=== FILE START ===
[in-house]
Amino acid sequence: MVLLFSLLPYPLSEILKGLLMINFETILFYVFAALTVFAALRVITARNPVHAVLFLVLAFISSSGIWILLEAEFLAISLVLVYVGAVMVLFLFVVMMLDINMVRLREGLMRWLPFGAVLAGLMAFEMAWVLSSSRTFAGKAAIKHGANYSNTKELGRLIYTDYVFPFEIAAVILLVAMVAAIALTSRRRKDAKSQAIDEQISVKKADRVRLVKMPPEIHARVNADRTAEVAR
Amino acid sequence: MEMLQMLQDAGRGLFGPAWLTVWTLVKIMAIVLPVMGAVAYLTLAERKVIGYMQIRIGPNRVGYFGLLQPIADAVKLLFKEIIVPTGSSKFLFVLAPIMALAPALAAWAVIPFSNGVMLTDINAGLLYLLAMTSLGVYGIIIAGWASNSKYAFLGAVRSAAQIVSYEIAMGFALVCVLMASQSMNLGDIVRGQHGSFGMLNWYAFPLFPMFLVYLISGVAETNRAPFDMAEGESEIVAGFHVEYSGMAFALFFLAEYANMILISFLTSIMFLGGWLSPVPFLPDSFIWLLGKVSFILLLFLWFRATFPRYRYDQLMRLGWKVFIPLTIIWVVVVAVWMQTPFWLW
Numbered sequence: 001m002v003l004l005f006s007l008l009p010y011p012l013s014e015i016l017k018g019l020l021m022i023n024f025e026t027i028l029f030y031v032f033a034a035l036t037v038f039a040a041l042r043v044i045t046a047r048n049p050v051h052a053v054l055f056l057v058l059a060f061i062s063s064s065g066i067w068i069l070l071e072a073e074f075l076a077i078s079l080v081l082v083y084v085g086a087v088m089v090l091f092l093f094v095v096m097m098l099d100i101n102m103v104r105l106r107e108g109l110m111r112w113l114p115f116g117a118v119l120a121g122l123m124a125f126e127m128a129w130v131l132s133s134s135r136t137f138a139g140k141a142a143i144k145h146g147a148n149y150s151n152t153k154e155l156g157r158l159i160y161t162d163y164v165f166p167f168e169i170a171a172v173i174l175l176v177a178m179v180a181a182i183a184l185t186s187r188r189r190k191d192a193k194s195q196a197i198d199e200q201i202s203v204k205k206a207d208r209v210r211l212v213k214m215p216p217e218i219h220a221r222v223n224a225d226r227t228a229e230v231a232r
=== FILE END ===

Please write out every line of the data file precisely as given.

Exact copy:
[in-house]
Amino acid sequence: MVLLFSLLPYPLSEILKGLLMINFETILFYVFAALTVFAALRVITARNPVHAVLFLVLAFISSSGIWILLEAEFLAISLVLVYVGAVMVLFLFVVMMLDINMVRLREGLMRWLPFGAVLAGLMAFEMAWVLSSSRTFAGKAAIKHGANYSNTKELGRLIYTDYVFPFEIAAVILLVAMVAAIALTSRRRKDAKSQAIDEQISVKKADRVRLVKMPPEIHARVNADRTAEVAR
Amino acid sequence: MEMLQMLQDAGRGLFGPAWLTVWTLVKIMAIVLPVMGAVAYLTLAERKVIGYMQIRIGPNRVGYFGLLQPIADAVKLLFKEIIVPTGSSKFLFVLAPIMALAPALAAWAVIPFSNGVMLTDINAGLLYLLAMTSLGVYGIIIAGWASNSKYAFLGAVRSAAQIVSYEIAMGFALVCVLMASQSMNLGDIVRGQHGSFGMLNWYAFPLFPMFLVYLISGVAETNRAPFDMAEGESEIVAGFHVEYSGMAFALFFLAEYANMILISFLTSIMFLGGWLSPVPFLPDSFIWLLGKVSFILLLFLWFRATFPRYRYDQLMRLGWKVFIPLTIIWVVVVAVWMQTPFWLW
Numbered sequence: 001m002v003l004l005f006s007l008l009p010y011p012l013s014e015i016l017k018g019l020l021m022i023n024f025e026t027i028l029f030y031v032f033a034a035l036t037v038f039a040a041l042r043v044i045t046a047r048n049p050v051h052a053v054l055f056l057v058l059a060f061i062s063s064s065g066i067w068i069l070l071e072a073e074f075l076a077i078s079l080v081l082v083y084v085g086a087v088m089v090l091f092l093f094v095v096m097m098l099d100i101n102m103v104r105l106r107e108g109l110m111r112w113l114p115f116g117a118v119l120a121g122l123m124a125f126e127m128a129w130v131l132s133s134s135r136t137f138a139g140k141a142a143i144k145h146g147a148n149y150s151n152t153k154e155l156g157r158l159i160y161t162d163y164v165f166p167f168e169i170a171a172v173i174l175l176v177a178m179v180a181a182i183a184l185t186s187r188r189r190k191d192a193k194s195q196a197i198d199e200q201i202s203v204k205k206a207d208r209v210r211l212v213k214m215p216p217e218i219h220a221r222v223n224a225d226r227t228a229e230v231a232r